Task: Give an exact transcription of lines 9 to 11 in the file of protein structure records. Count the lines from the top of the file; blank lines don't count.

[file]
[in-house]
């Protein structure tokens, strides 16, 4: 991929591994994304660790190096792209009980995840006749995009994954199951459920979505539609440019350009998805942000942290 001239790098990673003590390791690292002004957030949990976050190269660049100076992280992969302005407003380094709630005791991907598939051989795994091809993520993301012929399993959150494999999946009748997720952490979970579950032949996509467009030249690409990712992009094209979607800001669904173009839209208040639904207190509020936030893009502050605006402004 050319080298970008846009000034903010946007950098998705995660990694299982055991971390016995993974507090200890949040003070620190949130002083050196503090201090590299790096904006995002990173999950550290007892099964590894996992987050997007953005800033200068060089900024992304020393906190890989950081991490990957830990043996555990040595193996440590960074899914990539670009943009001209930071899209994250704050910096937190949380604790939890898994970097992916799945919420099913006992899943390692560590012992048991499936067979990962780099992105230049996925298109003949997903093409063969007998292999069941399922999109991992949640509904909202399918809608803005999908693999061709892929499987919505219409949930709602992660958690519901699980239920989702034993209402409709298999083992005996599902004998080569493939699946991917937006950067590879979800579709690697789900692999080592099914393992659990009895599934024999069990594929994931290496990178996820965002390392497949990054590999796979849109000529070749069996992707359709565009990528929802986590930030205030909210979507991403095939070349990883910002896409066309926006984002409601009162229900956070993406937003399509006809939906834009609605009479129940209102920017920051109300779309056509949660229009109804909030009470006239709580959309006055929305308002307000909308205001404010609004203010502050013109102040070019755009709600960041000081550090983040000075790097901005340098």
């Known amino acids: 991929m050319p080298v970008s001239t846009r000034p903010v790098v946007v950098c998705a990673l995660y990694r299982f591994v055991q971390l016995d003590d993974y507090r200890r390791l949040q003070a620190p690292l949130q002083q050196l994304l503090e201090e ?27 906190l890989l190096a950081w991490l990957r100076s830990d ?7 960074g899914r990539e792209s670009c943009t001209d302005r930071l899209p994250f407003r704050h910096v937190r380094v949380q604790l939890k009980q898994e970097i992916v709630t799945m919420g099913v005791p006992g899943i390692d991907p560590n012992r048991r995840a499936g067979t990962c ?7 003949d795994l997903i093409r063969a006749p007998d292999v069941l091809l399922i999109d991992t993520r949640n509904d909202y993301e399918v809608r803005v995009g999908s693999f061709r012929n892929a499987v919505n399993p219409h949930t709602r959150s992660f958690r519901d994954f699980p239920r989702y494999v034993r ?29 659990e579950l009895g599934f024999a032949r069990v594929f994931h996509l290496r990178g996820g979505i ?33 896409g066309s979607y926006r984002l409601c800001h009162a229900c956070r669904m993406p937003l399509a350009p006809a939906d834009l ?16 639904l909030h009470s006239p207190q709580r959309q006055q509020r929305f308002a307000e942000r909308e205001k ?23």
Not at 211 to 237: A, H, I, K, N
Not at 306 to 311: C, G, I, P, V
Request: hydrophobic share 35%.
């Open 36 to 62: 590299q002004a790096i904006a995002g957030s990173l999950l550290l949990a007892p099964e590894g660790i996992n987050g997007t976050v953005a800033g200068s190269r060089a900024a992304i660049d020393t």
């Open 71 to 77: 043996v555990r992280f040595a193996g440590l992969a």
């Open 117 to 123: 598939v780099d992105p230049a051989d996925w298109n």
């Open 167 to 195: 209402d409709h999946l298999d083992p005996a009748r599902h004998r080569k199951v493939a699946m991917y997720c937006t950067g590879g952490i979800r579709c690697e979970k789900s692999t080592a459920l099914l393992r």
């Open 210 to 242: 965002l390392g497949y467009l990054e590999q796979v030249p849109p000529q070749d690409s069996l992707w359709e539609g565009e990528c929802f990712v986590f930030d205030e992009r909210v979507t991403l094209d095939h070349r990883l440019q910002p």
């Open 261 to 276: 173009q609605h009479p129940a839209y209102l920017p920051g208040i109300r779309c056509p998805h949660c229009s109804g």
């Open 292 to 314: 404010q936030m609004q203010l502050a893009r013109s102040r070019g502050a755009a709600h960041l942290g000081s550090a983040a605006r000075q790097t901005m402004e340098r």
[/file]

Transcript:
């Open 117 to 123: 598939v780099d992105p230049a051989d996925w298109n």
């Open 167 to 195: 209402d409709h999946l298999d083992p005996a009748r599902h004998r080569k199951v493939a699946m991917y997720c937006t950067g590879g952490i979800r579709c690697e979970k789900s692999t080592a459920l099914l393992r």
């Open 210 to 242: 965002l390392g497949y467009l990054e590999q796979v030249p849109p000529q070749d690409s069996l992707w359709e539609g565009e990528c929802f990712v986590f930030d205030e992009r909210v979507t991403l094209d095939h070349r990883l440019q910002p």